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I have been doing Java SE for some years now and moving on to Java EE. However I have some trouble understanding some aspects of Java EE.

  1. Is Java EE just a specification? What I mean is: Is EJB Java EE?

  2. Are EJB/Spring different implementations of Java EE?

I am sorry to ask but I have some difficulties to understand what Java EE is. Could someone explain what Java EE is? And EJB?

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You should cut this question in two questions though, one is a duplicate, the other I think is not answered in the link there. –  Kheldar Sep 3 '11 at 18:49
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Better suited for programmers.stackexchange.com –  Bizorke Sep 3 '11 at 18:50
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Actually, did you read the [java-ee] tag wiki? –  Paŭlo Ebermann Sep 3 '11 at 20:32
    
also read: stackoverflow.com/questions/106820/what-is-java-ee –  claws Dec 12 '12 at 20:19

3 Answers 3

Is Java EE just a specification? What I mean is: Is EJB Java EE?

Java EE is indeed an abstract specification. The concrete implementations are the so-called application servers, like GlassFish, JBoss AS, WebLogic, WebSphere, etc. There are also servlet containers which implement only the JSP/Servlet part of the huge Java EE API, such as Tomcat, Jetty, etc. The Java EE SDK download from Oracle.com contains basically the GlassFish server along a bunch of documentation and examples and optionally also the NetBeans IDE.

EJB is part of the Java EE specification. Look, it's in the Java EE API. Full-fledged Java EE application servers support it out the box, but simple JSP/Servlet containers don't.

See also:


Are EJB/Spring different implementations of Java EE?

No, as said, EJB is part of Java EE. Spring is a standalone framework which extends and improves parts of Java EE. Spring doesn't necessarily require Java EE to run. Back during the old J2EE/EJB2 times, the EJB2 API was terrible to implement and maintain. Spring was then a much better alternative to EJB2. But since EJB3 (Java EE 5/6), the EJB API was much improved based on lessons learnt from Spring. Now with Java EE 6 which comes with very nice EJB 3.1 and CDI there's not really a reason to look at again another framework like Spring to make the developers more easy.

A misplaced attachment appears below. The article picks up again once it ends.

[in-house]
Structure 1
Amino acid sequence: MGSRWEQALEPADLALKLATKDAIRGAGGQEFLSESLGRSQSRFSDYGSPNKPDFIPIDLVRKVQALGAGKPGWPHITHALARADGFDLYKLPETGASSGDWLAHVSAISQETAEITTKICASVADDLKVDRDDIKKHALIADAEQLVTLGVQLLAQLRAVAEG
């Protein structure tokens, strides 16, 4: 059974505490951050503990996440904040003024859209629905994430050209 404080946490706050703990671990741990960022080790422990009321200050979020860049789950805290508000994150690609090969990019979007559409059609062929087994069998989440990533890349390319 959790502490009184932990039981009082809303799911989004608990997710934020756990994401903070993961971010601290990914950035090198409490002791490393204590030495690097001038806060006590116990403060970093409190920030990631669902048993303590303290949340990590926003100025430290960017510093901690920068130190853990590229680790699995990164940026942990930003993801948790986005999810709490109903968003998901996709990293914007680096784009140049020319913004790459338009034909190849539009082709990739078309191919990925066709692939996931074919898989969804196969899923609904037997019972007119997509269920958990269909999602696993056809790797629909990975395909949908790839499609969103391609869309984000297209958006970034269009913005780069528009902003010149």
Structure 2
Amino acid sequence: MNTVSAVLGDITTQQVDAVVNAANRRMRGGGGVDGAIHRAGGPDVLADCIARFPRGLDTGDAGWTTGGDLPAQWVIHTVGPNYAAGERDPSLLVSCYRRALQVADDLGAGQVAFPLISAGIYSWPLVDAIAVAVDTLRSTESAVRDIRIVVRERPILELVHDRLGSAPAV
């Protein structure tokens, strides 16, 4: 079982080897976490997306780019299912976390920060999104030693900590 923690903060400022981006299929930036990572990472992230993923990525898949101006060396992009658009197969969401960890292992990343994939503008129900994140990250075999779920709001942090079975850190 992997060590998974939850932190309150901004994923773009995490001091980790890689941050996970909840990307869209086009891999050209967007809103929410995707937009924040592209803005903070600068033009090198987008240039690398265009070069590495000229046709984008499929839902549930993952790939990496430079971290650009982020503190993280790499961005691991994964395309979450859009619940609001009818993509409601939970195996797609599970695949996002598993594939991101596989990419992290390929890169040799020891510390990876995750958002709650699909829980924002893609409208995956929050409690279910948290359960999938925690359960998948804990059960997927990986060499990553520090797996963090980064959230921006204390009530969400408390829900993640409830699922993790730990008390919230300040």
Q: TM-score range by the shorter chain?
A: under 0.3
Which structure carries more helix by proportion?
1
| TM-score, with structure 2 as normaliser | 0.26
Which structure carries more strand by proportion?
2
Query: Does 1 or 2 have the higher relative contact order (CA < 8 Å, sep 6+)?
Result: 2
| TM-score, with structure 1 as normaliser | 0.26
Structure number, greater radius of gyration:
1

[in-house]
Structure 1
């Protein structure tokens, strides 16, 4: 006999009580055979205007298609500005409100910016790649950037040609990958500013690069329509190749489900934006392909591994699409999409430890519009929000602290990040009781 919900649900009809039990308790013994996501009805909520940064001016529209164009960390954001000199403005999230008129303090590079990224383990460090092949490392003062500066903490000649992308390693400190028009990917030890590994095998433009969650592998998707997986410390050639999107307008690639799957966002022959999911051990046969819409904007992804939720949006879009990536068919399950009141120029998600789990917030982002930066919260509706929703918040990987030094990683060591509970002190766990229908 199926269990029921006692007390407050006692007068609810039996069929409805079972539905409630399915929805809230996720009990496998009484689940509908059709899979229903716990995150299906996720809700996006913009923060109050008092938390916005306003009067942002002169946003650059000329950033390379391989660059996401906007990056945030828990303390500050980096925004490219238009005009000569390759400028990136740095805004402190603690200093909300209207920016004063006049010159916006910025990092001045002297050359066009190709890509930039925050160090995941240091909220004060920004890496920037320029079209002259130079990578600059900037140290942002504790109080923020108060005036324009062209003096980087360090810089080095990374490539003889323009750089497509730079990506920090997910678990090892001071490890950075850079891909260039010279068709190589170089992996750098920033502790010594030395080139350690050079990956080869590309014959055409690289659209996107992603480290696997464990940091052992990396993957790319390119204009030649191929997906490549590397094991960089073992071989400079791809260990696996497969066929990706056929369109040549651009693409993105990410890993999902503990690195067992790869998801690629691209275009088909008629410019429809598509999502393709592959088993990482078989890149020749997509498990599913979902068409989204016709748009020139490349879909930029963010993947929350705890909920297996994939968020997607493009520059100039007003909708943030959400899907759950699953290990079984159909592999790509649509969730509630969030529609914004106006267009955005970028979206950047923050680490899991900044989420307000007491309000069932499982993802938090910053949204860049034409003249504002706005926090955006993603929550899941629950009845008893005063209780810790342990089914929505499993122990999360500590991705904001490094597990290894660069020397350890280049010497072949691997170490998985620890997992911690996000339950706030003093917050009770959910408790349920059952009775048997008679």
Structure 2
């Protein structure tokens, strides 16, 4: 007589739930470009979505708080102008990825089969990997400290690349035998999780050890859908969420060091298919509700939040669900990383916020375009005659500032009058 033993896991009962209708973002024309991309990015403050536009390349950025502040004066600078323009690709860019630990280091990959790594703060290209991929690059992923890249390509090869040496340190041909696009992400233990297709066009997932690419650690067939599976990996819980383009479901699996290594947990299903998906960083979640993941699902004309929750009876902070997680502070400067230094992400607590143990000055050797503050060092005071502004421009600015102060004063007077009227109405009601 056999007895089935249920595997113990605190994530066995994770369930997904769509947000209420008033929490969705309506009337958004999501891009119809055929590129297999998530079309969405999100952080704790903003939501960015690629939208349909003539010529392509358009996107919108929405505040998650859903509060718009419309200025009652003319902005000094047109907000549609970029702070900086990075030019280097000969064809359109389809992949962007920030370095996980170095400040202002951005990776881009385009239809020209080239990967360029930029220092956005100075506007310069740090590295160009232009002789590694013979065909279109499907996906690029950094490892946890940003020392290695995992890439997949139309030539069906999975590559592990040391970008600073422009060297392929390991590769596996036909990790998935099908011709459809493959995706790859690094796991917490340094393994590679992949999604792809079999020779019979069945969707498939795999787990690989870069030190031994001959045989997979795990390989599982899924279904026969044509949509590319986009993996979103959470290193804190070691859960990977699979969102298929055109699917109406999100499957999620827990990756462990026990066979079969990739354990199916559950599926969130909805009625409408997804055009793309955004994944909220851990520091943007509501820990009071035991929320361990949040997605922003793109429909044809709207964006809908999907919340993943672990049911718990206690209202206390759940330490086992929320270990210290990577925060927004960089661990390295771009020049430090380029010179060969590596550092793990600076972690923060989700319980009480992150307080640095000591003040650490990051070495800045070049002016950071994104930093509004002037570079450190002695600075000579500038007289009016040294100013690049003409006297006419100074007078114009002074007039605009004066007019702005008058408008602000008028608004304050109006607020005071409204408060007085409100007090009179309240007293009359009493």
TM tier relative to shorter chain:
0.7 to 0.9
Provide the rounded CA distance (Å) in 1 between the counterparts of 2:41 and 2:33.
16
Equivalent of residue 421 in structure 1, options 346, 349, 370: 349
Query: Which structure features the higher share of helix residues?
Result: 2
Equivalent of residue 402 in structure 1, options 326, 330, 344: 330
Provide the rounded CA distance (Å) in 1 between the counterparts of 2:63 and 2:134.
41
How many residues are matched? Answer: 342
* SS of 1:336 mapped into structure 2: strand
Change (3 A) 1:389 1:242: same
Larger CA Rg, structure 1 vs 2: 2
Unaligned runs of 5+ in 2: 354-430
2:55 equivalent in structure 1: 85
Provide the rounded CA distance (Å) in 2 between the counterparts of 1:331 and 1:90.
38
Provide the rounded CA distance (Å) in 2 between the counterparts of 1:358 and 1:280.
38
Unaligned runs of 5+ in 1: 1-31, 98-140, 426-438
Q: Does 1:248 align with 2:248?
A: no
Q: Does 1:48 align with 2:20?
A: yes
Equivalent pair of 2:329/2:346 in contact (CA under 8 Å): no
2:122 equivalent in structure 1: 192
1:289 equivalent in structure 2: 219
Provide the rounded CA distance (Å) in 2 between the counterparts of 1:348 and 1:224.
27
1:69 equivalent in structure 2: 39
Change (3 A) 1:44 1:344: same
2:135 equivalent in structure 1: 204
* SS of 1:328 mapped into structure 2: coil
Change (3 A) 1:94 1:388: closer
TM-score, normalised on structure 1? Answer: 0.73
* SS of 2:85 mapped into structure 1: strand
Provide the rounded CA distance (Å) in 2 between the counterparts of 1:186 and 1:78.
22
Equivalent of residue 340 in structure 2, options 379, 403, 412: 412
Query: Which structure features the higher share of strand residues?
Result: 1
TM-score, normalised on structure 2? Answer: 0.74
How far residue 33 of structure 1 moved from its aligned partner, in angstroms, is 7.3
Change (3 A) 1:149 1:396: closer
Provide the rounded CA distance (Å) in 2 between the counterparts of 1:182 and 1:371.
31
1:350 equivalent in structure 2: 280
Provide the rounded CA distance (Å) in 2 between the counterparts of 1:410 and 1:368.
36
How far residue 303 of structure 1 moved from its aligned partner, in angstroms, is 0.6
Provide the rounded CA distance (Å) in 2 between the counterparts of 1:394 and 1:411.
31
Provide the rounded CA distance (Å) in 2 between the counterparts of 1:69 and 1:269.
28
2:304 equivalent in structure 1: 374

See also:

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So Java EE could be said as defining what support should exist for a typical JEE application to run? –  James Poulson Sep 3 '11 at 21:49
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@James: Yes. Pretty everything in Java EE API is abstract. Java SE API has also several abstract parts, e.g. JDBC, JAXP, JAXB, etc. –  BalusC Sep 3 '11 at 22:00
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"There's not really a reason to look at again another framework like Spring to make the developers more easy." -> Truly Valuable info. –  jacktrades Nov 20 '12 at 12:43
    
@BalusC: Hi, Is the official Sun Java EE.... link is broken, if you give a link similar to that, it will be helpful for someone. –  Abdul Rahman Jan 4 at 6:28

Java Enterprise Edition (Java EE) is an umbrella specification that references a number of other more detailed specifications, of which Enterprise JavaBeans (EJB) is one of the more important ones.

Read this - it explains the difference between Java EE and Spring

Thanks...

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  • Source -- Java 2 Platform, Enterprise Edition (J2EE) defines the standard for developing component-based multitier enterprise applications. J2EE simplifies building enterprise applications that are portable, scalable, and that integrate easily with legacy applications and data .

  • Source -- Enterprise JavaBeans (EJB) technology is the server-side component architecture for Java Platform, Enterprise Edition (Java EE). EJB technology enables rapid and simplified development of distributed, transactional, secure and portable applications based on Java technology.

  • Is Java EE just a specification? What I mean is: Is EJB Java EE?

    • Java EE is a specification.

    • EJB is server side component architecture for Java EE

  • Are EJB/Spring different implementations of Java EE?

    • Both EJB and Spring are different frameworks following Java EE.

Which framework to use for Java web application

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It's not so nice to copypaste citations without quoting them and mentioning the original sources. –  BalusC Sep 3 '11 at 20:33
    
@BalusC agreed.Made the changes. –  Srikanth Venkatesh Sep 4 '11 at 8:44
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It's maybe not very useful to quote ancient text (2005) from an ancient version of the specification (J2EE). OP specifically asked for Java EE, which is the modern day incarnation of J2EE. –  Arjan Tijms Sep 4 '11 at 14:11

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